Francis Collins, who has led the National Institutes of Health since 2009, will remain as chief of the agency under the Trump administration, the White House said June 6.
But the head of the U.S. Patent & Trademark Office, Michelle Lee, resigned the same day.
Both Collins and Lee were holdovers from the Obama administration. President Donald Trump had decided to retain them in a temporary capacity after he took office Jan. 20.
Prior to leading the NIH — the world's largest biomedical research organization — Collins served as the director of the agency's National Human Genome Research Institute, where he headed the U.S. government's effort on the Human Genome Project, an international research endeavor to sequence and map all genes.
In a statement, Collins said he was "honored to continue as the director" of the NIH and considered it "a great privilege to serve at a time of unprecedented opportunity to advance health and relieve suffering through biomedical research."
"I am grateful for the president's vote of confidence in my ability to continue to lead this great agency," he added.
Sen. Lamar Alexander, R-Tenn., chairman of the Health, Education, Labor and Pensions Committee, who had urged Trump to keep Collins in the post, said it was "good news for the country" he was staying at the NIH.
Rep. Fred Upton, R-Mich., the former chairman of the House Energy and Commerce Committee, also welcomed the news about Collins.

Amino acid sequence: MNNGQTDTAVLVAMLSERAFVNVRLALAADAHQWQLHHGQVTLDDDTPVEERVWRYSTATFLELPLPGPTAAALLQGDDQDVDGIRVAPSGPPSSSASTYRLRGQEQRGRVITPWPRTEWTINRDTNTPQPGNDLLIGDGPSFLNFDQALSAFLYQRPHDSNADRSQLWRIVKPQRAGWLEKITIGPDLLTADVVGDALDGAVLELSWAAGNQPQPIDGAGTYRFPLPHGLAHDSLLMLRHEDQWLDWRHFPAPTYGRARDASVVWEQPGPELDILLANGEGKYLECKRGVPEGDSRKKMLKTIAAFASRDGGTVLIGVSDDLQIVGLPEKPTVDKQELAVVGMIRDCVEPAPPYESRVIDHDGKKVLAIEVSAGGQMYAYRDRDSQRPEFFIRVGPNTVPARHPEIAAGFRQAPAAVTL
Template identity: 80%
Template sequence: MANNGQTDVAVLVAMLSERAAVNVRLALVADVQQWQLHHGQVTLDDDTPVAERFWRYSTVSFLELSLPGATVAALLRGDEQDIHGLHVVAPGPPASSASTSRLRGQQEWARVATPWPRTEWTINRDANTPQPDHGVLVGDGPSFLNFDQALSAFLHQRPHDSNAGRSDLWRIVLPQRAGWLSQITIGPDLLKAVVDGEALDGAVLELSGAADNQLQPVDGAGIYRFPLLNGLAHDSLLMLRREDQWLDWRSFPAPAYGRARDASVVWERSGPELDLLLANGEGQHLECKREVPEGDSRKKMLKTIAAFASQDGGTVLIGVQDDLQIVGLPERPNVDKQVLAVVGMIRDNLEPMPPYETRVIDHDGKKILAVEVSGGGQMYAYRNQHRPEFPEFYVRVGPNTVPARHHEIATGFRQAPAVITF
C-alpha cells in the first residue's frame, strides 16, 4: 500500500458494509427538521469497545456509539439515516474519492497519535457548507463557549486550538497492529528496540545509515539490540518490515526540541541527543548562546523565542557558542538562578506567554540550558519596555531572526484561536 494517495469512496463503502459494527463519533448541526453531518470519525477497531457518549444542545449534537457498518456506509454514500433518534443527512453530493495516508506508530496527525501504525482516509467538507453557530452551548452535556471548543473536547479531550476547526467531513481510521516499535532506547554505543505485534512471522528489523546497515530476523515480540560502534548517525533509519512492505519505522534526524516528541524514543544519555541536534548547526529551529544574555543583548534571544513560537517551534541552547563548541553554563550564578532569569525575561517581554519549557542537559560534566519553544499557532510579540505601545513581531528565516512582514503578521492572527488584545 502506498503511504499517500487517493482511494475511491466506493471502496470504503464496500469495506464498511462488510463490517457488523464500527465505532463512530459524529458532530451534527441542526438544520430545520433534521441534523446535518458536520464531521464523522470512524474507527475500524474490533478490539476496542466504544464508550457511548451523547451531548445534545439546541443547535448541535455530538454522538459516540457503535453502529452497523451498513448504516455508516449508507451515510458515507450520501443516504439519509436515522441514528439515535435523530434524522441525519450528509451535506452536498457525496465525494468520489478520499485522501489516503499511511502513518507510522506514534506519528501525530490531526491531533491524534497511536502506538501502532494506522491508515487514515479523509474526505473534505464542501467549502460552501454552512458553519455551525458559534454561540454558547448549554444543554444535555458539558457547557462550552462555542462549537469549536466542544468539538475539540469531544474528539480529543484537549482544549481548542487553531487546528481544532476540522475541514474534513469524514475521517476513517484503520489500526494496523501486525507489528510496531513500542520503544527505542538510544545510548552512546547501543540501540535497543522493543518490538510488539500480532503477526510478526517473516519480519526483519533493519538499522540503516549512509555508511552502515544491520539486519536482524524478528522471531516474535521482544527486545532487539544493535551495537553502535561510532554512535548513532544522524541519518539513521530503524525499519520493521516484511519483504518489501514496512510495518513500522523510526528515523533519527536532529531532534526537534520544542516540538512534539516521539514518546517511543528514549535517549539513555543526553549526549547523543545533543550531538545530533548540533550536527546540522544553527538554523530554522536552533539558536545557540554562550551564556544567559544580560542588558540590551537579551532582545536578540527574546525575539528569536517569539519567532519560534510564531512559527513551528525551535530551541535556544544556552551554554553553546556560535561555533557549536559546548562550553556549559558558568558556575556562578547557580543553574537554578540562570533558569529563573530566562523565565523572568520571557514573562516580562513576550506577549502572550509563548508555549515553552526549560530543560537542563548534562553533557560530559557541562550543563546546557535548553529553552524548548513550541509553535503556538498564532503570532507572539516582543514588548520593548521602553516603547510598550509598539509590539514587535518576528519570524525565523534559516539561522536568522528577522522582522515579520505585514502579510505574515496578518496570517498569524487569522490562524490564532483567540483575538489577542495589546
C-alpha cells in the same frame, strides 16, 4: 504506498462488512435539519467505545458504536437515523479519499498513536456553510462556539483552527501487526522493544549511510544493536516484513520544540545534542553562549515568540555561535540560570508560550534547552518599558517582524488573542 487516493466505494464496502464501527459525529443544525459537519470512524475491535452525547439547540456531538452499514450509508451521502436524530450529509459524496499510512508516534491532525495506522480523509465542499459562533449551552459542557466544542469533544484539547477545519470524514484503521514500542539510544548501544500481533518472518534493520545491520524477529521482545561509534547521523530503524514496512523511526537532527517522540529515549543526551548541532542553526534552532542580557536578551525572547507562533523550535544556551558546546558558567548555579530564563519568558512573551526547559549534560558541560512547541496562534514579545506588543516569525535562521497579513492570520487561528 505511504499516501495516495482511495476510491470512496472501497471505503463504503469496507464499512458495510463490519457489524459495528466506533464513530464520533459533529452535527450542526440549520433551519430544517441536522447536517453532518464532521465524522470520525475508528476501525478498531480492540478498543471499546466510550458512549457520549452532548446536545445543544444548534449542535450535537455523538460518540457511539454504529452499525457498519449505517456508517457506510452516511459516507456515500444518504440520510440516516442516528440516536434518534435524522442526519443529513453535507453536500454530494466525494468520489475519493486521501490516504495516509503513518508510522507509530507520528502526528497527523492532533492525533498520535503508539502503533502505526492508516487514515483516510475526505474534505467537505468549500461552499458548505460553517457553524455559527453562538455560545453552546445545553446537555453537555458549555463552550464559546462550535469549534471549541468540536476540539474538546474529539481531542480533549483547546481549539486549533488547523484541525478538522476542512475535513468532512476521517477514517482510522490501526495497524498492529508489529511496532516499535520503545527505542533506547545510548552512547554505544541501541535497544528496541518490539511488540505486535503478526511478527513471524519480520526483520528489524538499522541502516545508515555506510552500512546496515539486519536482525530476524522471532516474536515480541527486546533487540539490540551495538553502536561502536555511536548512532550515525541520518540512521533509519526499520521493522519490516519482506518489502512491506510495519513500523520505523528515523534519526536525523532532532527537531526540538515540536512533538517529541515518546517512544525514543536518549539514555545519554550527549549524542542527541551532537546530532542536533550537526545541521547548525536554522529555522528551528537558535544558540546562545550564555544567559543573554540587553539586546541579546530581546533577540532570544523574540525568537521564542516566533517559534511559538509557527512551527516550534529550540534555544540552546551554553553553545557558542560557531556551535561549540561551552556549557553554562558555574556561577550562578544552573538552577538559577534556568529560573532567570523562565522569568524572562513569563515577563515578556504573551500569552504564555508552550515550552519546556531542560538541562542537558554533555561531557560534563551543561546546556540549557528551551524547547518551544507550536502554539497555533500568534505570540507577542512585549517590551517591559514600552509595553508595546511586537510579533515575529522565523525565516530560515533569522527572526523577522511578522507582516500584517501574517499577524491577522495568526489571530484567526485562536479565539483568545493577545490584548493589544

"For nearly a decade, Dr. Collins has spearheaded the bold agenda at the National Institutes of Health, but he's spent his entire life as public servant on the cutting edge of medical research," Upton said.
Upton noted that Collins "worked hand-in-glove" with the lawmaker's legislative team on the 21st Century Cures Act, a law signed by President Barack Obama in December 2016 aimed at pumping up the U.S. biomedical enterprise.
Of the $6.3 billion authorized in the law, $4.8 billion was slated for NIH projects on the brain, precision medicine and cancer.
But Trump has called for a nearly $6 billion cut in the NIH's funds for fiscal year 2018 — a proposal many Republican and Democratic lawmakers plan to reject.
While Collins is popular, not all lawmakers were in favor of him staying on at the NIH.
In a May 22 letter, a group of Republican members of the House urged Trump to dump Collins, citing the NIH chief's views on embryonic stem cell research, which they said made him "less than an ideal fit for this life-affirming administration."
No reason was given for Lee's departure from the patent office and Trump has yet to nominate a permanent director of the patent agency.
Lee was the first woman to serve as the U.S. PTO's director, although Teresa Stanek Rea served as acting director while Obama was deciding on who to nominate after his first patent office chief, David Kappos, stepped down in February 2013 after holding the position since 2009.
Before taking the helm at the U.S. PTO, Lee was deputy general counsel at Google and the company's first head of patents and patent strategy. Prior to that, Lee was a partner at the Silicon Valley law firm of Fenwick & West LLP. She also worked as a computer scientist at the MIT Artificial Intelligence Laboratory and Hewlett-Packard Research Laboratories and was a law clerk at the U.S. Court of Appeals for the Federal Circuit and the District Court for the Northern California.